Government, by its nature and definition, is a bureaucracy. It's an "administration characterized by excessive red tape and routine," as Dictonary.com defines it.
Sadly, the upper echelons of the National Park Service at times certainly seem to take pride in this.
As I noted the other day, I've been trying since early January to obtain the agency's schedule for phasing in higher entrance fees across the park system through FY09. I've been shuffled around to various staffers, endured long breaks in communication, received a promise that I'd get what I was looking for the coming Monday, and then was forwarded a document for this summer's increases, but not those planned for 2008 and 2009.
Twice last week I left phone messages with Jane Moore, the Washington, D.C., fee manager who previously had promised to get me this data. I never heard back.
Well, fortunately, Scott over at Wild Wilderness managed to get the information, but only after filing a Freedom of Information request.
Why does it take an FOIA request to obtain a breakdown of proposed fee increases? Does this information equate with state secrets? Is it "need to know" information that the public doesn't need to know? Here's a link to the document. See for yourself whether it's a state secret.
I appreciate the fact that many areas of the Park Service are woefully understaffed, that the agency is trying to do more with fewer resources, both human and financial. But the document I had sought was in existence, it required no additional research to put together, it easily could have been attached to an email and shipped my way in an instant nearly three months ago.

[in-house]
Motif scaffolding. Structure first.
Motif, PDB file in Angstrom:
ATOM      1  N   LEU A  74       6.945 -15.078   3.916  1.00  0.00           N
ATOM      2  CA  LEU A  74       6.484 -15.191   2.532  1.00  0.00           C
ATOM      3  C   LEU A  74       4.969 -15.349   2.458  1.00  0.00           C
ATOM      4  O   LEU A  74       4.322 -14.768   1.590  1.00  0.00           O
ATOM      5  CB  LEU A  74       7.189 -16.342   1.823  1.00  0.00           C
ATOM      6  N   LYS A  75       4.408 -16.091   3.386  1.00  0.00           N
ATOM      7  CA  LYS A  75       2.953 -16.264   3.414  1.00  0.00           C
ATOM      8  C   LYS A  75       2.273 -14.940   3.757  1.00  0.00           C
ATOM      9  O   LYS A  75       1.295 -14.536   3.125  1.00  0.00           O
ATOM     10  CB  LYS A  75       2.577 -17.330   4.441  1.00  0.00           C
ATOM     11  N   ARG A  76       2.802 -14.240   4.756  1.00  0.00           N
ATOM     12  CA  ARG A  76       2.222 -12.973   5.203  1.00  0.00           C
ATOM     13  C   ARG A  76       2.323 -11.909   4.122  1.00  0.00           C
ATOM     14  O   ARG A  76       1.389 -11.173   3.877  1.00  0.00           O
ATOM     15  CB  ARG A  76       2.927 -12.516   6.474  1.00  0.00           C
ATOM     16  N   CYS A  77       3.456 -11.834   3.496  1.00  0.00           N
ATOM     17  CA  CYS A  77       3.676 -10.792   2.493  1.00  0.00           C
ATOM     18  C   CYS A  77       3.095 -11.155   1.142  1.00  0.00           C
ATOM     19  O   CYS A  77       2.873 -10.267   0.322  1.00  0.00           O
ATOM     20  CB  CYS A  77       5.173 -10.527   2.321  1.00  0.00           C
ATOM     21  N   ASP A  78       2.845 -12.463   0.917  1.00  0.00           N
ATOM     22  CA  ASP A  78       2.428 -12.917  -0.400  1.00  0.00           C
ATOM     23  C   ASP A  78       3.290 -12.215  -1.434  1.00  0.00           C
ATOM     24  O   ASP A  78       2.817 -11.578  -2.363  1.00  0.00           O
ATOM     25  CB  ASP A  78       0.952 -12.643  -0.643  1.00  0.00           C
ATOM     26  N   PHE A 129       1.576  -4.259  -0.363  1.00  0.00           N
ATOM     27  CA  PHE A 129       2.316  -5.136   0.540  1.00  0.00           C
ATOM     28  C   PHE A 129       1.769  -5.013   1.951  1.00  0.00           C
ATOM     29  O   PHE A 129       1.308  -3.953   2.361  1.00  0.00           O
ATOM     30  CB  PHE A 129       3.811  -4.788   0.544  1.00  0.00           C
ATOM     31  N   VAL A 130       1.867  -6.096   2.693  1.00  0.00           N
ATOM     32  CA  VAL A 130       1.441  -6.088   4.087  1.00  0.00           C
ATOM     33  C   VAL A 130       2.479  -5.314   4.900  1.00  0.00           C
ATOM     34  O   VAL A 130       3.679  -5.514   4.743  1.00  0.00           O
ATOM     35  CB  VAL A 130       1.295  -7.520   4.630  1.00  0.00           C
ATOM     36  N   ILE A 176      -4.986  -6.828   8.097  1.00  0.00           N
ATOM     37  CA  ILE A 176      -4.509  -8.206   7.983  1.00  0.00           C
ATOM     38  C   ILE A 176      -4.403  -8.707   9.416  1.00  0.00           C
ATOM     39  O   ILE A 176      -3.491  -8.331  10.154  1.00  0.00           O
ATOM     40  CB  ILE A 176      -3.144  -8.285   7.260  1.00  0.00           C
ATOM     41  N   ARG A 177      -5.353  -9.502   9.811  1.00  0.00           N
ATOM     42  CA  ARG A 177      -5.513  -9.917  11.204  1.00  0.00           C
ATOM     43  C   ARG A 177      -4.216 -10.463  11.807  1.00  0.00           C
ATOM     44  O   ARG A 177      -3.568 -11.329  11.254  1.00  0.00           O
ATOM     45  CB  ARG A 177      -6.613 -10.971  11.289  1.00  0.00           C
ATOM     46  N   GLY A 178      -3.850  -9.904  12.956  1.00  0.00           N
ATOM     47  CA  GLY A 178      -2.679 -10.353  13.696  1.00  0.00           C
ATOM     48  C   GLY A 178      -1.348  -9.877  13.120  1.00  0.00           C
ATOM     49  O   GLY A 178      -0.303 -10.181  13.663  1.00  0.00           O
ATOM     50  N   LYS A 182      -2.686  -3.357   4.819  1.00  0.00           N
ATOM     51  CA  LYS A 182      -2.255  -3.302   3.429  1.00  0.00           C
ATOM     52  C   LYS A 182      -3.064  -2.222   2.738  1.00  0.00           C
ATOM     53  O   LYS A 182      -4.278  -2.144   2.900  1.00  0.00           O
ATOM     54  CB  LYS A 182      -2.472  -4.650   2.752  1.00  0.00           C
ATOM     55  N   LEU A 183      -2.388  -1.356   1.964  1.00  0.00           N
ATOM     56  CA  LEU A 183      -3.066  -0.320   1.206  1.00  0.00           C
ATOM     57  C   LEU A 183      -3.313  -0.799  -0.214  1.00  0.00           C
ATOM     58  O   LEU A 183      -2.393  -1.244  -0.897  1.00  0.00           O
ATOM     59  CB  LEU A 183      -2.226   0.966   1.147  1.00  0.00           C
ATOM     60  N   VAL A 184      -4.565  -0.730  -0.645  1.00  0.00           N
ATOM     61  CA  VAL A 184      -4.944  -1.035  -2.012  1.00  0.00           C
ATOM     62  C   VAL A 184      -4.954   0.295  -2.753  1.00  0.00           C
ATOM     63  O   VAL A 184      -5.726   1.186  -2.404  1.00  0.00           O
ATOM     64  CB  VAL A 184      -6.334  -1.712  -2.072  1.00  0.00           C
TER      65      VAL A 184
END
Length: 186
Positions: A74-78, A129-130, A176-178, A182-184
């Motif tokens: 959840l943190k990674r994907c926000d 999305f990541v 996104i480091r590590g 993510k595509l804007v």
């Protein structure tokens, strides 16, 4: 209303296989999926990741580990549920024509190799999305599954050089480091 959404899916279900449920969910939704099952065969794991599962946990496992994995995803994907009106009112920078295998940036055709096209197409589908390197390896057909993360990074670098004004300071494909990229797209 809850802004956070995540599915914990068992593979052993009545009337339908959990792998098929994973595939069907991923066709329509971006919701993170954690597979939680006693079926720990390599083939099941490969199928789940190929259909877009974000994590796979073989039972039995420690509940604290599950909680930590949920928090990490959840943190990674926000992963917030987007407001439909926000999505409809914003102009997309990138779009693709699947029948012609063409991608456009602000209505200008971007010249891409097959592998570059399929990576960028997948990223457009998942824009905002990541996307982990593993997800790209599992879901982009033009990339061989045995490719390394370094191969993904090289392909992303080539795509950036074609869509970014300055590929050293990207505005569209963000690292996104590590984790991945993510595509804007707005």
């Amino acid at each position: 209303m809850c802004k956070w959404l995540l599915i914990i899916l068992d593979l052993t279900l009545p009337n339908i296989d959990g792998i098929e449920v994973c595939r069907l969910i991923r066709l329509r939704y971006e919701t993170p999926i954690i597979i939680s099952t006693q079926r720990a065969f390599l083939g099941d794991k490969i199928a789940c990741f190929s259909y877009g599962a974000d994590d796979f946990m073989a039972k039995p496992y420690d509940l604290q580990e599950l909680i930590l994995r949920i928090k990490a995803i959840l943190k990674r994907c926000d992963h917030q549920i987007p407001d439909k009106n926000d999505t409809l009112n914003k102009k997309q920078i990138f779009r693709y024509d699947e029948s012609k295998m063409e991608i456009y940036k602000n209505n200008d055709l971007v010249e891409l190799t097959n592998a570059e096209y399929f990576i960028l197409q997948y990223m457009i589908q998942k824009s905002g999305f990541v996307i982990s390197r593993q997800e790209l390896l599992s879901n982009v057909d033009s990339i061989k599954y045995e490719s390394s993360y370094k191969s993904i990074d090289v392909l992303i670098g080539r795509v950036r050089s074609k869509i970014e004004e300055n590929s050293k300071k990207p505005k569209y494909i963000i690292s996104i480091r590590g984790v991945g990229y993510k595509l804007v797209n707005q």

Perhaps I'm way off the mark and there really is a rationale explanation why my request was overlooked/ignored because it lacked an accompanying FOIA application.
It seems to me that the Park Service does itself a disservice by going to such extents to keep the public in the dark, particularly in this incident. Instead of simply releasing the fee schedule all in one fell swoop, we see drips and drabs of proposed entrance fee hikes seep out around the country as individual park units make their announcements. The result is a slow crescendo of increase announcements that, in this age of rapid news dissemination from coast to coast, actually heightens the attention being paid to what the Park Service is trying to do.
Unfortunately, another, and greater, result is a general skepticism, even cynicism, of the agency's actions. And that is truly unfortunate, because far and away I like to believe that the far-flung Park Service staff is highly dedicated to its mission of preserving slices of America's natural, historical and cultural resources and allowing the public to enjoy those resources.
But when you have such foot-dragging over a document as simple and innocuous as a fee schedule, you can only wonder what games are being played with much more complex issues, such as the National Park Centennial Initiative and the Yellowstone snowmobile issue.